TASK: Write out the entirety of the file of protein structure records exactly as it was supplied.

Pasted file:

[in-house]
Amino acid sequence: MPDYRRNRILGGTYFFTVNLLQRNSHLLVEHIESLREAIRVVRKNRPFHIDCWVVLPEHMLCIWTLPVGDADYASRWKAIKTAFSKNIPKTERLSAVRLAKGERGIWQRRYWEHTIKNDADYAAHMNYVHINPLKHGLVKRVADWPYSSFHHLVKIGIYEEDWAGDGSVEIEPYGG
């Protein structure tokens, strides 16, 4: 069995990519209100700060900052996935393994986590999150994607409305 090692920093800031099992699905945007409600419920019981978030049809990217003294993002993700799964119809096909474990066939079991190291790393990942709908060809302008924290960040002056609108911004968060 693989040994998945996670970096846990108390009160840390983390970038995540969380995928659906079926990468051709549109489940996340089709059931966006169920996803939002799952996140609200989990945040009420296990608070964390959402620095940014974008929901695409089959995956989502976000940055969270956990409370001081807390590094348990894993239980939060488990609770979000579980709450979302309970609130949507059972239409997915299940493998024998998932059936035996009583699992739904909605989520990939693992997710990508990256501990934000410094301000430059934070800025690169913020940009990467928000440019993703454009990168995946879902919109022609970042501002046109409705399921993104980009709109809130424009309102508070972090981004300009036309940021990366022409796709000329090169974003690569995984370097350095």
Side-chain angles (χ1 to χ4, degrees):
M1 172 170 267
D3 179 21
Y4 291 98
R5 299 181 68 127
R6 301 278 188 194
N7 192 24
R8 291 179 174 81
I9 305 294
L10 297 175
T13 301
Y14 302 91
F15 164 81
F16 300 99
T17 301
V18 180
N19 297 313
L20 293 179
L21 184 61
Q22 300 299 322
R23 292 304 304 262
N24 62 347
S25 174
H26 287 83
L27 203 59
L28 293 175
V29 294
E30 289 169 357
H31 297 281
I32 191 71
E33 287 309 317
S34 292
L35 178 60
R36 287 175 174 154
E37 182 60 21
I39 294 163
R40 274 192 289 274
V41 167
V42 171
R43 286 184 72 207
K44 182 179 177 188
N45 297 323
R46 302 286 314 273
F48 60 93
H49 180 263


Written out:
[in-house]
Amino acid sequence: MPDYRRNRILGGTYFFTVNLLQRNSHLLVEHIESLREAIRVVRKNRPFHIDCWVVLPEHMLCIWTLPVGDADYASRWKAIKTAFSKNIPKTERLSAVRLAKGERGIWQRRYWEHTIKNDADYAAHMNYVHINPLKHGLVKRVADWPYSSFHHLVKIGIYEEDWAGDGSVEIEPYGG
């Protein structure tokens, strides 16, 4: 069995990519209100700060900052996935393994986590999150994607409305 090692920093800031099992699905945007409600419920019981978030049809990217003294993002993700799964119809096909474990066939079991190291790393990942709908060809302008924290960040002056609108911004968060 693989040994998945996670970096846990108390009160840390983390970038995540969380995928659906079926990468051709549109489940996340089709059931966006169920996803939002799952996140609200989990945040009420296990608070964390959402620095940014974008929901695409089959995956989502976000940055969270956990409370001081807390590094348990894993239980939060488990609770979000579980709450979302309970609130949507059972239409997915299940493998024998998932059936035996009583699992739904909605989520990939693992997710990508990256501990934000410094301000430059934070800025690169913020940009990467928000440019993703454009990168995946879902919109022609970042501002046109409705399921993104980009709109809130424009309102508070972090981004300009036309940021990366022409796709000329090169974003690569995984370097350095």
Side-chain angles (χ1 to χ4, degrees):
M1 172 170 267
D3 179 21
Y4 291 98
R5 299 181 68 127
R6 301 278 188 194
N7 192 24
R8 291 179 174 81
I9 305 294
L10 297 175
T13 301
Y14 302 91
F15 164 81
F16 300 99
T17 301
V18 180
N19 297 313
L20 293 179
L21 184 61
Q22 300 299 322
R23 292 304 304 262
N24 62 347
S25 174
H26 287 83
L27 203 59
L28 293 175
V29 294
E30 289 169 357
H31 297 281
I32 191 71
E33 287 309 317
S34 292
L35 178 60
R36 287 175 174 154
E37 182 60 21
I39 294 163
R40 274 192 289 274
V41 167
V42 171
R43 286 184 72 207
K44 182 179 177 188
N45 297 323
R46 302 286 314 273
F48 60 93
H49 180 263